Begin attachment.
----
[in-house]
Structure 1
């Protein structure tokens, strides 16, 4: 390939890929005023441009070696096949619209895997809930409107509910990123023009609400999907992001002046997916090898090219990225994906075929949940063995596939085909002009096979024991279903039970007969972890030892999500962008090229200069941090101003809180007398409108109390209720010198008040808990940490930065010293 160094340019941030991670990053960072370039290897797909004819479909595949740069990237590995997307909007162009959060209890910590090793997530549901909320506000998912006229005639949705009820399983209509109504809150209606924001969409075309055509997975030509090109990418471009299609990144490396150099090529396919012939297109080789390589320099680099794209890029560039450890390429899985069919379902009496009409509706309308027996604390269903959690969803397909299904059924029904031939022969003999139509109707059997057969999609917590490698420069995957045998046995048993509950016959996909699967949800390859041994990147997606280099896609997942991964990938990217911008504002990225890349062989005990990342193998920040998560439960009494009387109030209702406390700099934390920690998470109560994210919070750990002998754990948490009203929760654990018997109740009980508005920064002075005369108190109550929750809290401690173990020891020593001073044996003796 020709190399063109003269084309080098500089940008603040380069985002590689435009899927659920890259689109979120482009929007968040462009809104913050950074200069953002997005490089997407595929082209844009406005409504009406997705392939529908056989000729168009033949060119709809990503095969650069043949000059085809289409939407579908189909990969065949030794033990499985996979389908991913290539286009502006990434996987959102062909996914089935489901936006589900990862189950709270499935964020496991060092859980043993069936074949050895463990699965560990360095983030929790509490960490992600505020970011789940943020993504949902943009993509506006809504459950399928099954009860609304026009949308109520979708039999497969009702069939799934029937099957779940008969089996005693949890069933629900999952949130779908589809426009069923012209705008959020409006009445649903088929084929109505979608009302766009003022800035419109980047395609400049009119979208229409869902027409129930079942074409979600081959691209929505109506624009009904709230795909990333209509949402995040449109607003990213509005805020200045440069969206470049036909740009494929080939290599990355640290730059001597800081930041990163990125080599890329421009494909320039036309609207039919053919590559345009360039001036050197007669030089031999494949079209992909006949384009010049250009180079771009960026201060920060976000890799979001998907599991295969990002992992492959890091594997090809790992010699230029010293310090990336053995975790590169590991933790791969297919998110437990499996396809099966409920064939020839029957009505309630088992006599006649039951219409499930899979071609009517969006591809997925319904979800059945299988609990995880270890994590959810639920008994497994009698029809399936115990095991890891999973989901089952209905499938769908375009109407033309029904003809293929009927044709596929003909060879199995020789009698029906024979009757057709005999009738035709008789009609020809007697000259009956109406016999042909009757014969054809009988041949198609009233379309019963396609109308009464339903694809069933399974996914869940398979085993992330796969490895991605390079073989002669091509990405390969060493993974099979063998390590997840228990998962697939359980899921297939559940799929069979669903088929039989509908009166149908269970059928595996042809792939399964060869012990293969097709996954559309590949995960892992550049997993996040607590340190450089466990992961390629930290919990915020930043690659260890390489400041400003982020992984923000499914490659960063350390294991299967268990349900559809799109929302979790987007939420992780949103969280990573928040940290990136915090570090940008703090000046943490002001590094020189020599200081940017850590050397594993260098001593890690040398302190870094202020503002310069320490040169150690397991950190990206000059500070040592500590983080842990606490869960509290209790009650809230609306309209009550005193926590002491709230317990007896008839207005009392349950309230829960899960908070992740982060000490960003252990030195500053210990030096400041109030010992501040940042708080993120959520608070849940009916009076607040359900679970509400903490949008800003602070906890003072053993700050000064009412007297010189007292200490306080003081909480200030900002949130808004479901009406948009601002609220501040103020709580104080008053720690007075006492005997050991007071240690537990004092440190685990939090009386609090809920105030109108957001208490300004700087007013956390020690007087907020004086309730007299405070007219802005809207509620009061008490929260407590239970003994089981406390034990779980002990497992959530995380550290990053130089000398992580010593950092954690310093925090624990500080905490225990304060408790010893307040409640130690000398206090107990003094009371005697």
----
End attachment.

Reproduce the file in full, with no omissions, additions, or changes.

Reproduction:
[in-house]
Structure 1
């Protein structure tokens, strides 16, 4: 390939890929005023441009070696096949619209895997809930409107509910990123023009609400999907992001002046997916090898090219990225994906075929949940063995596939085909002009096979024991279903039970007969972890030892999500962008090229200069941090101003809180007398409108109390209720010198008040808990940490930065010293 160094340019941030991670990053960072370039290897797909004819479909595949740069990237590995997307909007162009959060209890910590090793997530549901909320506000998912006229005639949705009820399983209509109504809150209606924001969409075309055509997975030509090109990418471009299609990144490396150099090529396919012939297109080789390589320099680099794209890029560039450890390429899985069919379902009496009409509706309308027996604390269903959690969803397909299904059924029904031939022969003999139509109707059997057969999609917590490698420069995957045998046995048993509950016959996909699967949800390859041994990147997606280099896609997942991964990938990217911008504002990225890349062989005990990342193998920040998560439960009494009387109030209702406390700099934390920690998470109560994210919070750990002998754990948490009203929760654990018997109740009980508005920064002075005369108190109550929750809290401690173990020891020593001073044996003796 020709190399063109003269084309080098500089940008603040380069985002590689435009899927659920890259689109979120482009929007968040462009809104913050950074200069953002997005490089997407595929082209844009406005409504009406997705392939529908056989000729168009033949060119709809990503095969650069043949000059085809289409939407579908189909990969065949030794033990499985996979389908991913290539286009502006990434996987959102062909996914089935489901936006589900990862189950709270499935964020496991060092859980043993069936074949050895463990699965560990360095983030929790509490960490992600505020970011789940943020993504949902943009993509506006809504459950399928099954009860609304026009949308109520979708039999497969009702069939799934029937099957779940008969089996005693949890069933629900999952949130779908589809426009069923012209705008959020409006009445649903088929084929109505979608009302766009003022800035419109980047395609400049009119979208229409869902027409129930079942074409979600081959691209929505109506624009009904709230795909990333209509949402995040449109607003990213509005805020200045440069969206470049036909740009494929080939290599990355640290730059001597800081930041990163990125080599890329421009494909320039036309609207039919053919590559345009360039001036050197007669030089031999494949079209992909006949384009010049250009180079771009960026201060920060976000890799979001998907599991295969990002992992492959890091594997090809790992010699230029010293310090990336053995975790590169590991933790791969297919998110437990499996396809099966409920064939020839029957009505309630088992006599006649039951219409499930899979071609009517969006591809997925319904979800059945299988609990995880270890994590959810639920008994497994009698029809399936115990095991890891999973989901089952209905499938769908375009109407033309029904003809293929009927044709596929003909060879199995020789009698029906024979009757057709005999009738035709008789009609020809007697000259009956109406016999042909009757014969054809009988041949198609009233379309019963396609109308009464339903694809069933399974996914869940398979085993992330796969490895991605390079073989002669091509990405390969060493993974099979063998390590997840228990998962697939359980899921297939559940799929069979669903088929039989509908009166149908269970059928595996042809792939399964060869012990293969097709996954559309590949995960892992550049997993996040607590340190450089466990992961390629930290919990915020930043690659260890390489400041400003982020992984923000499914490659960063350390294991299967268990349900559809799109929302979790987007939420992780949103969280990573928040940290990136915090570090940008703090000046943490002001590094020189020599200081940017850590050397594993260098001593890690040398302190870094202020503002310069320490040169150690397991950190990206000059500070040592500590983080842990606490869960509290209790009650809230609306309209009550005193926590002491709230317990007896008839207005009392349950309230829960899960908070992740982060000490960003252990030195500053210990030096400041109030010992501040940042708080993120959520608070849940009916009076607040359900679970509400903490949008800003602070906890003072053993700050000064009412007297010189007292200490306080003081909480200030900002949130808004479901009406948009601002609220501040103020709580104080008053720690007075006492005997050991007071240690537990004092440190685990939090009386609090809920105030109108957001208490300004700087007013956390020690007087907020004086309730007299405070007219802005809207509620009061008490929260407590239970003994089981406390034990779980002990497992959530995380550290990053130089000398992580010593950092954690310093925090624990500080905490225990304060408790010893307040409640130690000398206090107990003094009371005697």